What Your Home Says to Criminals

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LINCOLN, Neb. -- In 2013, the Lincoln Police Department received more than 1,100 reports of residential burglaries across the city.

A thief will try just about anything to get into a home, but it’s often the tried and true methods that can put someone’s property into the hands of a criminal.

In fact, according to police, more than 300 burglaries in 2013 happened because of unsecured doors and windows. That means homeowners likely left their doors and windows unlocked and/or open. This makes it extremely easy for burglars to gain entry within seconds and take whatever they can.

LPD also sees a significant amount of larcenies take place due to open or partially opened garage doors left unattended, and these open doors often act as a green light for thieves.

Ofc. Shane Winterbauer, from LPD, said folks often leave their garage doors cracked open a bit (especially in the summer) or will leave the garage open while working in the backyard, or some other portion of the house.

“Once [burglars] are inside the garage,” Winterbauer said, “they’re not going to be seen by the public. There’s limited chances of witnesses.”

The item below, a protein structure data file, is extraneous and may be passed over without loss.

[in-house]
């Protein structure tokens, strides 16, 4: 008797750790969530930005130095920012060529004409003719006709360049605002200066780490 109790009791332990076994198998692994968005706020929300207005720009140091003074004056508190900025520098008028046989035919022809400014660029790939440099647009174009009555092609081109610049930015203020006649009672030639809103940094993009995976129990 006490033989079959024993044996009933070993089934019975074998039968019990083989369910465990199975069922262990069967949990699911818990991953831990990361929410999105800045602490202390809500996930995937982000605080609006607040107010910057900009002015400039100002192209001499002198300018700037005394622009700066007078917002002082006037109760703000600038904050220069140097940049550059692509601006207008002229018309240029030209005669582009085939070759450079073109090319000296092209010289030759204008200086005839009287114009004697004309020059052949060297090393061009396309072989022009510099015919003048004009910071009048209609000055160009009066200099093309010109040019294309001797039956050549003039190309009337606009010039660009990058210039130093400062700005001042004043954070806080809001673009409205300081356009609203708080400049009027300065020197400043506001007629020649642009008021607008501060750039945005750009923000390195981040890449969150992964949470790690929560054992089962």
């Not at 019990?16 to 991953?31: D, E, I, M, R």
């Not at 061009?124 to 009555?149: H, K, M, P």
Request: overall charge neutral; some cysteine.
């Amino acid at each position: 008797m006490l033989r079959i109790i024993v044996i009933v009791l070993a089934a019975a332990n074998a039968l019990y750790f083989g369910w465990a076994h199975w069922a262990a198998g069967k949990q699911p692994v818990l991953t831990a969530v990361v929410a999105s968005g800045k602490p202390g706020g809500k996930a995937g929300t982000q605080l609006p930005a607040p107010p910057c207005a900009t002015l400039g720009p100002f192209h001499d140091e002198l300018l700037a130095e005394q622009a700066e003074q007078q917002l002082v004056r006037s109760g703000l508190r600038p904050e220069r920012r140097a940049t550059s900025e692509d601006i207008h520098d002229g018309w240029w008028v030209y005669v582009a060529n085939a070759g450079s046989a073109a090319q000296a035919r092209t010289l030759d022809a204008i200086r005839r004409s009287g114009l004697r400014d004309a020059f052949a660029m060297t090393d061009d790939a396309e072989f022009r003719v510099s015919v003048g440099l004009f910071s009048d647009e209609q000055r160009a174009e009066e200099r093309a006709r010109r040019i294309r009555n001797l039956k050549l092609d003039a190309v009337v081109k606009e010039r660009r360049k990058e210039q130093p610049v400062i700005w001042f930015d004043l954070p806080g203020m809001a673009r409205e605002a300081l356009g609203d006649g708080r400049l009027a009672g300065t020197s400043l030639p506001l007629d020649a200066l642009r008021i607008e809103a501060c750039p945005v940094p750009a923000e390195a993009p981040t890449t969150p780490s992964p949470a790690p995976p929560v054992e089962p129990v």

In these cases, it only takes a couple of seconds for a burglar to gain entry.

So, what can you do to better protect yourself outside of remembering to keep everything locked and shut tight? Police offered up several other tips to better protect your home. Plus, there are a few things you may not have thought about that act like a welcoming mat for criminals.

1) Keep bushes and shrubs trimmed, about three feet tall – it’s easy for a human being to hide inside unmaintained or tall shrubs, allowing them to either wait or gain entry to a home relatively undetected.

2) Better protect sliding doors and windows – get an old broomstick or perhaps some plastic tubing from the hardware store and place it in your door and window tracks. If a burglar is able to break the lock, it’ll be very difficult to slide the door open if something like an old broomstick is blocking the way.

3) Lighting – it can be one of the most crucial and overlooked parts of the exterior. A well lit home that uses flood and motion detecting lights may help deter a criminal from sneaking up to a house. And, it could startle them enough to where they run away. Shop online or at a hardware store to find what you need. Winterbauer suggested one on each corner of the home.

4) Keep gates and outdoor sheds locked – items inside a shed ( tools, shovels, etc.) can be used break windows, doors and locks.

5) Keep your window blinds closed, especially if you’re not home – Winterbauer said we don’t want to advertise our property to people. Furthermore, he recommended trying to find a place for your television other than in front of a window. Try to tuck it in a corner out of sight so it’s not in plain view.

6) Look at your own home and decide what it says to you – for example, do you leave your trash bins on the side the side of the house? They can be used to boost up to a second floor window and get inside a home, perhaps at a window you think is too far off the ground for a person of average height to enter.